A clinical and economic evaluation of fast-track recovery after cardiac surgery.
ABSTRACT In the last 5 decades, the care of cardiac surgical patients has improved with the aid of strategies aimed at facilitating patient recovery. One of the innovations in this context is "fast-tracking" or "rapid recovery." This process refers to all interventions that aim to shorten a patient's stay in the intensive care unit (ICU) through accelerating the patient's transfer to a step-down or telemetry unit and to the general ward.
Patients were allocated to 2 groups. The fast-track group (n = 84) went through an independent theatre recovery unit (TRU). The patients were then transferred on the same day to an intermediate care unit and transferred on the following day to the ward. The intensive care group (52 patients) went to the ICU for at least 1 day, after which they were transferred to the ward.
The fast-track pathway significantly reduced the length of stay (LOS) in an intensive care facility (P < .001). The duration of intubation was reduced from a median of 4.08 hours (range, 1.17-13.17 hours) in the intensive care group to 2.75 hours (range, 0.25-18.57 hours) in the fast-track group (P < .001). However, the median values for total hospital LOS, incidences of complications, reintubation, and readmission were similar for the 2 groups. The incidence of failure in the fast-track group was 10%. The mean (SD) cost of the perioperative care was £4182 ± £2284 ($6683 ± 3650) for the fast-track patients, compared with £4553 ± £1355 ($7277 ± $2165) for the intensive care group.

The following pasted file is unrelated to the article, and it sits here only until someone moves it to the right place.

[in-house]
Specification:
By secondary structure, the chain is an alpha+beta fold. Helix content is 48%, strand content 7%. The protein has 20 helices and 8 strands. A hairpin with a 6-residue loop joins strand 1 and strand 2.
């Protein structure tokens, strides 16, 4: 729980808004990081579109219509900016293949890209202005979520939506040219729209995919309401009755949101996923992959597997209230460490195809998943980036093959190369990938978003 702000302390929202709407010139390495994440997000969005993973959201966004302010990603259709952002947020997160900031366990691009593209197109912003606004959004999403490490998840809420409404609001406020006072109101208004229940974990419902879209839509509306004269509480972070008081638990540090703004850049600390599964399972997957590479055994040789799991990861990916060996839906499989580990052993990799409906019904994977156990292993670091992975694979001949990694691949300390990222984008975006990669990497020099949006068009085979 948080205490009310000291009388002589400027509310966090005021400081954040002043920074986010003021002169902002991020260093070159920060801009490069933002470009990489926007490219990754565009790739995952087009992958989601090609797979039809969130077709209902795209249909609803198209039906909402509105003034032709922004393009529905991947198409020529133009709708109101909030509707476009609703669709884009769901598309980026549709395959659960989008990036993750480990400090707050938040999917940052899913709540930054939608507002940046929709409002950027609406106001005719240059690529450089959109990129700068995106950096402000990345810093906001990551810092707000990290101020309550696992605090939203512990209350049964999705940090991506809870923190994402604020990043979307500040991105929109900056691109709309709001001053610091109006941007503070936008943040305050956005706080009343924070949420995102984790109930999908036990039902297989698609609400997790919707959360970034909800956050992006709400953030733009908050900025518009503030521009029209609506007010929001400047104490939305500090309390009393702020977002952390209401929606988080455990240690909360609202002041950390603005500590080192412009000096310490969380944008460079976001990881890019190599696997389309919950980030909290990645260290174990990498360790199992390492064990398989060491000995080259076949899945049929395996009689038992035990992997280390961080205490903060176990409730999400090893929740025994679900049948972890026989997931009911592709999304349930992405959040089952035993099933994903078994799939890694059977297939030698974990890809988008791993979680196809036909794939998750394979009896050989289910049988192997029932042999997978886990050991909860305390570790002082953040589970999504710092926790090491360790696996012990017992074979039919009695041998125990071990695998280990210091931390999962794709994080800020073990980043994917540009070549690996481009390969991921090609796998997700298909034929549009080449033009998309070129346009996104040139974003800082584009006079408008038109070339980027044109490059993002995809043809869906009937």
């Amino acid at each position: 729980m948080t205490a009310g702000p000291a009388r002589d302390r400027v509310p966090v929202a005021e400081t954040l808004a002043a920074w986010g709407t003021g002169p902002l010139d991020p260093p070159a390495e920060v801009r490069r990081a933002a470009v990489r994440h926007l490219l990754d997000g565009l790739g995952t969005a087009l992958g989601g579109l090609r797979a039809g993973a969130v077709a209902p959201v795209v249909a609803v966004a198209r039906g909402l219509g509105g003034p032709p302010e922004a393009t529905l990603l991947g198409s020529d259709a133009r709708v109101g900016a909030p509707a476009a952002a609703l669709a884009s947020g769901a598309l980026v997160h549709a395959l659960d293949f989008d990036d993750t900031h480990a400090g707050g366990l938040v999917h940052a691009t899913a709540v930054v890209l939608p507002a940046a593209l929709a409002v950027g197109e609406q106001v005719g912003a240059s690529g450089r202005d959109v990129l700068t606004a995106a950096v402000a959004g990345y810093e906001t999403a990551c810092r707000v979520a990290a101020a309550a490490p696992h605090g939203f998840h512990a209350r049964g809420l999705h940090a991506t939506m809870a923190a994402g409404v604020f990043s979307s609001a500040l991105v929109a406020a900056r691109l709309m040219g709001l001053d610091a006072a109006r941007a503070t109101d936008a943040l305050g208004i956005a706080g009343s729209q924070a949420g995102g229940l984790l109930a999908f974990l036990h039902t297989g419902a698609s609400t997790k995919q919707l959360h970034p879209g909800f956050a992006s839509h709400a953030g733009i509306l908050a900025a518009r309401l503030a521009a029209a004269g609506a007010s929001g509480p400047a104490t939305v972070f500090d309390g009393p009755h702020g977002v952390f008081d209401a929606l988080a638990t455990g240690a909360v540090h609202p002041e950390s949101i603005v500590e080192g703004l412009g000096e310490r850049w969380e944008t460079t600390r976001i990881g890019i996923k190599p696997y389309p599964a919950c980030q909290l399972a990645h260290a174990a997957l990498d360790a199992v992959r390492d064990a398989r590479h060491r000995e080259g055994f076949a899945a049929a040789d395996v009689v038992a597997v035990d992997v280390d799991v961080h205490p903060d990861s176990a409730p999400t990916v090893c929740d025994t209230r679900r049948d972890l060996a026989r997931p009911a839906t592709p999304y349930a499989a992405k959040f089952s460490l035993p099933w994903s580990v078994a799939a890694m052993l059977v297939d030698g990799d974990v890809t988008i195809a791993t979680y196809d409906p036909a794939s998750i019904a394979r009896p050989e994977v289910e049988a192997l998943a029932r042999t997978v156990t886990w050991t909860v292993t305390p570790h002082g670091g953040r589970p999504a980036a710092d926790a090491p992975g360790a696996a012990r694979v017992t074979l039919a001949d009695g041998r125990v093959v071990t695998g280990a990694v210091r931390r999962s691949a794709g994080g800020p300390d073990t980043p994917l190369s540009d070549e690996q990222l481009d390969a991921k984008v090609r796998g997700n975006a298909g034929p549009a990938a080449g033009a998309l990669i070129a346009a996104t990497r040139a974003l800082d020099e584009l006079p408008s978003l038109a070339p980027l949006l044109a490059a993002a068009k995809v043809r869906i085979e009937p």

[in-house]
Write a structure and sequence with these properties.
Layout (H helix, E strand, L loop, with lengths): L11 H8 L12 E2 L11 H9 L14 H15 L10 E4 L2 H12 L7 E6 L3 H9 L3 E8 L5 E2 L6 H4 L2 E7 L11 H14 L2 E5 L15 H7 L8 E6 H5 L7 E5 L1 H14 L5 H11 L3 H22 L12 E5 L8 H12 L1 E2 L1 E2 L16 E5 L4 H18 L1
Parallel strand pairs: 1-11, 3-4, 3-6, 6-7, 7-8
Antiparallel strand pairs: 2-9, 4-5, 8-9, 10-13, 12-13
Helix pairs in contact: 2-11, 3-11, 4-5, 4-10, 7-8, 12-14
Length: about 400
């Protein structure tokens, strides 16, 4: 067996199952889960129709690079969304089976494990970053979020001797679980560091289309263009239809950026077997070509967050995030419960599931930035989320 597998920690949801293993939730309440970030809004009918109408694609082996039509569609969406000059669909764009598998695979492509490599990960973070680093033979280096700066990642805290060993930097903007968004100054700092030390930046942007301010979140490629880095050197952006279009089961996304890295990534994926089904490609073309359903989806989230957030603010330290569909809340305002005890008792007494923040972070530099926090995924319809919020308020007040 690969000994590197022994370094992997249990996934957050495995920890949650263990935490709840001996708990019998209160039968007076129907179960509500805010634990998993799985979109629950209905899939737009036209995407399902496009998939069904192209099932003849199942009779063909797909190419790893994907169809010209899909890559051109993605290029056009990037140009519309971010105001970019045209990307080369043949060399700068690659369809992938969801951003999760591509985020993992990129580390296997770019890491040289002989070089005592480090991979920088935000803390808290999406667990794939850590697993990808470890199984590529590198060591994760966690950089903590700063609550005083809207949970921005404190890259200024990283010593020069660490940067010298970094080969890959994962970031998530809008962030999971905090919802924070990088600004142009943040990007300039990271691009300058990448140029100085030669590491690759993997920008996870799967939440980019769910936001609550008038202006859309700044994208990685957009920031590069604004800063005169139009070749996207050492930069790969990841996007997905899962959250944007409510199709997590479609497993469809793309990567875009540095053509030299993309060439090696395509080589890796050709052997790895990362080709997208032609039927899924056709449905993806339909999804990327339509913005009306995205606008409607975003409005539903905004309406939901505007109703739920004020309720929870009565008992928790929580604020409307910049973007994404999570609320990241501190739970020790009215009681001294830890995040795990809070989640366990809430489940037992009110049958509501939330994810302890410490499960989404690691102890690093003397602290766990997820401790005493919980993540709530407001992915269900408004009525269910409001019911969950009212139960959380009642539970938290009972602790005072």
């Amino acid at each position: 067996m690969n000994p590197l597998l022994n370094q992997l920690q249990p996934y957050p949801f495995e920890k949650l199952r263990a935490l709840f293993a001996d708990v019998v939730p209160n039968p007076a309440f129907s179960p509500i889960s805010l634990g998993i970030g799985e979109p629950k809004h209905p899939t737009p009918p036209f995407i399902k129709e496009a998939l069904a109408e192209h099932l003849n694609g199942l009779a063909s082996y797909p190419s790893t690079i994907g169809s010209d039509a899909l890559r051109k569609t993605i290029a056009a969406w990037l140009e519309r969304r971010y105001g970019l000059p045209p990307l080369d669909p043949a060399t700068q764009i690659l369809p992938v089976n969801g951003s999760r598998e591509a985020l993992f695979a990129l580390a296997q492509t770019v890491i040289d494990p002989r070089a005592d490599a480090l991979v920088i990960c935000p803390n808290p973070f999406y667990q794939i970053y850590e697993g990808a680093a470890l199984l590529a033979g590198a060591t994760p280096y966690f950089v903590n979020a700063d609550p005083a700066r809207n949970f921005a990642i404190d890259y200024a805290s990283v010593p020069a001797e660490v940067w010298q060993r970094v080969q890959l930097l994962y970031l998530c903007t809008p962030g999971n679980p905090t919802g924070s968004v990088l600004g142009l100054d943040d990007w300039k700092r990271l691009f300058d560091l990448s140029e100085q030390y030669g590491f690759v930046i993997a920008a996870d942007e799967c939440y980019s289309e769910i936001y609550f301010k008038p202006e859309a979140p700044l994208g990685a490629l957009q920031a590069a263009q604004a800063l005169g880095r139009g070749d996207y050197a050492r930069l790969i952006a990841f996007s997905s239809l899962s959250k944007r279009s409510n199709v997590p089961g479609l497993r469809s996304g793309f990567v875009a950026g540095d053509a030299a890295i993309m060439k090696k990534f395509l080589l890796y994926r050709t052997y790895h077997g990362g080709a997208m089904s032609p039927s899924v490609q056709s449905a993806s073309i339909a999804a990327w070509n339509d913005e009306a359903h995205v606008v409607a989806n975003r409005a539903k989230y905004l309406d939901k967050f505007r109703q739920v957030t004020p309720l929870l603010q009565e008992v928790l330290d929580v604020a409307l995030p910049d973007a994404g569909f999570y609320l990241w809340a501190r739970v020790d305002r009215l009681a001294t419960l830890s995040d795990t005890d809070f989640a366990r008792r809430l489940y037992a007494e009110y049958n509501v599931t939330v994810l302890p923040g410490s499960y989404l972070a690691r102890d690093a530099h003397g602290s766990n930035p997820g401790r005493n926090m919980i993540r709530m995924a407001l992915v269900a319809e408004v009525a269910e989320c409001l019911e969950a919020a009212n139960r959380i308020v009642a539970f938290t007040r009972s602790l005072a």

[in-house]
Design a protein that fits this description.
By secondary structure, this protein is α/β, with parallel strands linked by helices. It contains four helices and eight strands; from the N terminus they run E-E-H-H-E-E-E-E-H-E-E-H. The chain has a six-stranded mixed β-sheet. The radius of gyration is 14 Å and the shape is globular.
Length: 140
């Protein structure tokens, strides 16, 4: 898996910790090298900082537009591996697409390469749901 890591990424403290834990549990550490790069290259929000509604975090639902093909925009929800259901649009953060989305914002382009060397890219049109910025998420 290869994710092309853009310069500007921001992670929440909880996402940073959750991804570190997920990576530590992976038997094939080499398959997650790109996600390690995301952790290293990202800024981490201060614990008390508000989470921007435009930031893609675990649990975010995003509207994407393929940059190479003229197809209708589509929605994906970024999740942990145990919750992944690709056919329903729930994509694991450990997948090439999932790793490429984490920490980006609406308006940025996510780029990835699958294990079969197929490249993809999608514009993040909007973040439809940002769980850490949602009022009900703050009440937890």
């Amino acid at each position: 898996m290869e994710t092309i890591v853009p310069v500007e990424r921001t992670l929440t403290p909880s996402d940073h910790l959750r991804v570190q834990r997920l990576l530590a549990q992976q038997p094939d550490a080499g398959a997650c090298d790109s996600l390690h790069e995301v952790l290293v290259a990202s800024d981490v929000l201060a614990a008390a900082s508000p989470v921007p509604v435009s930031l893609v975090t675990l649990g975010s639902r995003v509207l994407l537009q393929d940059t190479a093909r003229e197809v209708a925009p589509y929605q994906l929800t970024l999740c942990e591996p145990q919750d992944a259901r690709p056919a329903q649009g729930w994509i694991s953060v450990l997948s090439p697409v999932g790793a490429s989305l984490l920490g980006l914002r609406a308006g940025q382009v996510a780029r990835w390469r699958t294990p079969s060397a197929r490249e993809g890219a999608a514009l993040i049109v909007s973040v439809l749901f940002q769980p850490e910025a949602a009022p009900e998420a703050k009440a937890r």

Fast-track recovery after cardiac surgery decreases the intensive care LOS and the total duration of intubation. It is a cost-effective strategy compared with conventional recovery protocols; however, it does not reduce the total hospital LOS or the incidence of complications.
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ABSTRACT: Recovery beds for cardiovascular surgical patients in the intensive care unit (ICU) and progressive care unit (PCU) are costly hospital resources that require effective management. This case study reports on the development and use of a discrete-event simulation model used to predict minimum bed needs to achieve the high patient service level demanded at Mayo Clinic. In addition to bed predictions that incorporate surgery growth and new recovery protocols, the model was used to explore the effects of smoothing surgery schedules and transferring long-stay patients from the ICU. The model projected bed needs that were 30 % lower than the traditional bed-planning approach and the options explored by the practice could substantially reduce the number of beds required.Health Care Management Science 03/2013; · 1.05 Impact Factor